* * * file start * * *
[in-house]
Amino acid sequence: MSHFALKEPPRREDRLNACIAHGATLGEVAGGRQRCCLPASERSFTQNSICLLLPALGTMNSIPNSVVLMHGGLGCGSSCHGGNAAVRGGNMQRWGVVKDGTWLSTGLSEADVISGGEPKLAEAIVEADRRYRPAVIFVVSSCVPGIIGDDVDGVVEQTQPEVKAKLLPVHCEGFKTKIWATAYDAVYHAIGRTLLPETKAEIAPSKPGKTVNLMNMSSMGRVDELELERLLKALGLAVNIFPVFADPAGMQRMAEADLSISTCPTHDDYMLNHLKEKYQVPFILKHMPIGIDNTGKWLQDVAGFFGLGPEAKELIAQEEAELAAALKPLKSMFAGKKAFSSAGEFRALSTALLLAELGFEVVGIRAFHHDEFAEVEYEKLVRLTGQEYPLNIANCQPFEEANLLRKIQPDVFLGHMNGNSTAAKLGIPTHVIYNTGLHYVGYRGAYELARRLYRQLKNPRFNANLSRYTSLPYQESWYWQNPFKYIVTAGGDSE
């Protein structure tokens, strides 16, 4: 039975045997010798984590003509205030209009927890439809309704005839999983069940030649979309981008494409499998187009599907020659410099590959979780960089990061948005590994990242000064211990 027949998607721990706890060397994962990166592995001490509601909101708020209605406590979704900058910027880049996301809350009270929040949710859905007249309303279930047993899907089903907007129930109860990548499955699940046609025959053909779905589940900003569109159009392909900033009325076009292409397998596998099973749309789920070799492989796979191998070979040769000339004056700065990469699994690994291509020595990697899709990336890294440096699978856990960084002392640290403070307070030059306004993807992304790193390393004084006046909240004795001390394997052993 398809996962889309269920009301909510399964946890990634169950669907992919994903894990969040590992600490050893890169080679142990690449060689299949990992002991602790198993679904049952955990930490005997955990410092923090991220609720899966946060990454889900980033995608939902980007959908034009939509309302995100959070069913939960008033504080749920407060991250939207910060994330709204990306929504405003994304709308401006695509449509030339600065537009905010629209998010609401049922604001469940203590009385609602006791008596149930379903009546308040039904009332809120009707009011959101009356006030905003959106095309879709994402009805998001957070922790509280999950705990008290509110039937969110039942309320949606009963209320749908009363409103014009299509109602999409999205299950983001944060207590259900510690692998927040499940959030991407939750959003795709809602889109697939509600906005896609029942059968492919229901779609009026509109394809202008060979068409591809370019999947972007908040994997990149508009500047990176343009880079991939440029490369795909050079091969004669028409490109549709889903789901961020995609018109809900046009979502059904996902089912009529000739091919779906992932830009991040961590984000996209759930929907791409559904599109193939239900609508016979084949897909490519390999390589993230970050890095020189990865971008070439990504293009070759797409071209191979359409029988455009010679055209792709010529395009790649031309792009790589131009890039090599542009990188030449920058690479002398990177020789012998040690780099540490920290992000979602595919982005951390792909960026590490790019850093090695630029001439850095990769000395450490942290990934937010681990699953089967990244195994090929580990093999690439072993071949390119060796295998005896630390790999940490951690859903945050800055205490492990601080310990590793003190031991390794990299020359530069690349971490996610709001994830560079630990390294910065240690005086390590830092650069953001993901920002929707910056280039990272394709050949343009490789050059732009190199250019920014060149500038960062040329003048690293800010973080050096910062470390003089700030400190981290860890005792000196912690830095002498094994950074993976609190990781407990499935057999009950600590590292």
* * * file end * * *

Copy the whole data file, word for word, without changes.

[in-house]
Amino acid sequence: MSHFALKEPPRREDRLNACIAHGATLGEVAGGRQRCCLPASERSFTQNSICLLLPALGTMNSIPNSVVLMHGGLGCGSSCHGGNAAVRGGNMQRWGVVKDGTWLSTGLSEADVISGGEPKLAEAIVEADRRYRPAVIFVVSSCVPGIIGDDVDGVVEQTQPEVKAKLLPVHCEGFKTKIWATAYDAVYHAIGRTLLPETKAEIAPSKPGKTVNLMNMSSMGRVDELELERLLKALGLAVNIFPVFADPAGMQRMAEADLSISTCPTHDDYMLNHLKEKYQVPFILKHMPIGIDNTGKWLQDVAGFFGLGPEAKELIAQEEAELAAALKPLKSMFAGKKAFSSAGEFRALSTALLLAELGFEVVGIRAFHHDEFAEVEYEKLVRLTGQEYPLNIANCQPFEEANLLRKIQPDVFLGHMNGNSTAAKLGIPTHVIYNTGLHYVGYRGAYELARRLYRQLKNPRFNANLSRYTSLPYQESWYWQNPFKYIVTAGGDSE
């Protein structure tokens, strides 16, 4: 039975045997010798984590003509205030209009927890439809309704005839999983069940030649979309981008494409499998187009599907020659410099590959979780960089990061948005590994990242000064211990 027949998607721990706890060397994962990166592995001490509601909101708020209605406590979704900058910027880049996301809350009270929040949710859905007249309303279930047993899907089903907007129930109860990548499955699940046609025959053909779905589940900003569109159009392909900033009325076009292409397998596998099973749309789920070799492989796979191998070979040769000339004056700065990469699994690994291509020595990697899709990336890294440096699978856990960084002392640290403070307070030059306004993807992304790193390393004084006046909240004795001390394997052993 398809996962889309269920009301909510399964946890990634169950669907992919994903894990969040590992600490050893890169080679142990690449060689299949990992002991602790198993679904049952955990930490005997955990410092923090991220609720899966946060990454889900980033995608939902980007959908034009939509309302995100959070069913939960008033504080749920407060991250939207910060994330709204990306929504405003994304709308401006695509449509030339600065537009905010629209998010609401049922604001469940203590009385609602006791008596149930379903009546308040039904009332809120009707009011959101009356006030905003959106095309879709994402009805998001957070922790509280999950705990008290509110039937969110039942309320949606009963209320749908009363409103014009299509109602999409999205299950983001944060207590259900510690692998927040499940959030991407939750959003795709809602889109697939509600906005896609029942059968492919229901779609009026509109394809202008060979068409591809370019999947972007908040994997990149508009500047990176343009880079991939440029490369795909050079091969004669028409490109549709889903789901961020995609018109809900046009979502059904996902089912009529000739091919779906992932830009991040961590984000996209759930929907791409559904599109193939239900609508016979084949897909490519390999390589993230970050890095020189990865971008070439990504293009070759797409071209191979359409029988455009010679055209792709010529395009790649031309792009790589131009890039090599542009990188030449920058690479002398990177020789012998040690780099540490920290992000979602595919982005951390792909960026590490790019850093090695630029001439850095990769000395450490942290990934937010681990699953089967990244195994090929580990093999690439072993071949390119060796295998005896630390790999940490951690859903945050800055205490492990601080310990590793003190031991390794990299020359530069690349971490996610709001994830560079630990390294910065240690005086390590830092650069953001993901920002929707910056280039990272394709050949343009490789050059732009190199250019920014060149500038960062040329003048690293800010973080050096910062470390003089700030400190981290860890005792000196912690830095002498094994950074993976609190990781407990499935057999009950600590590292």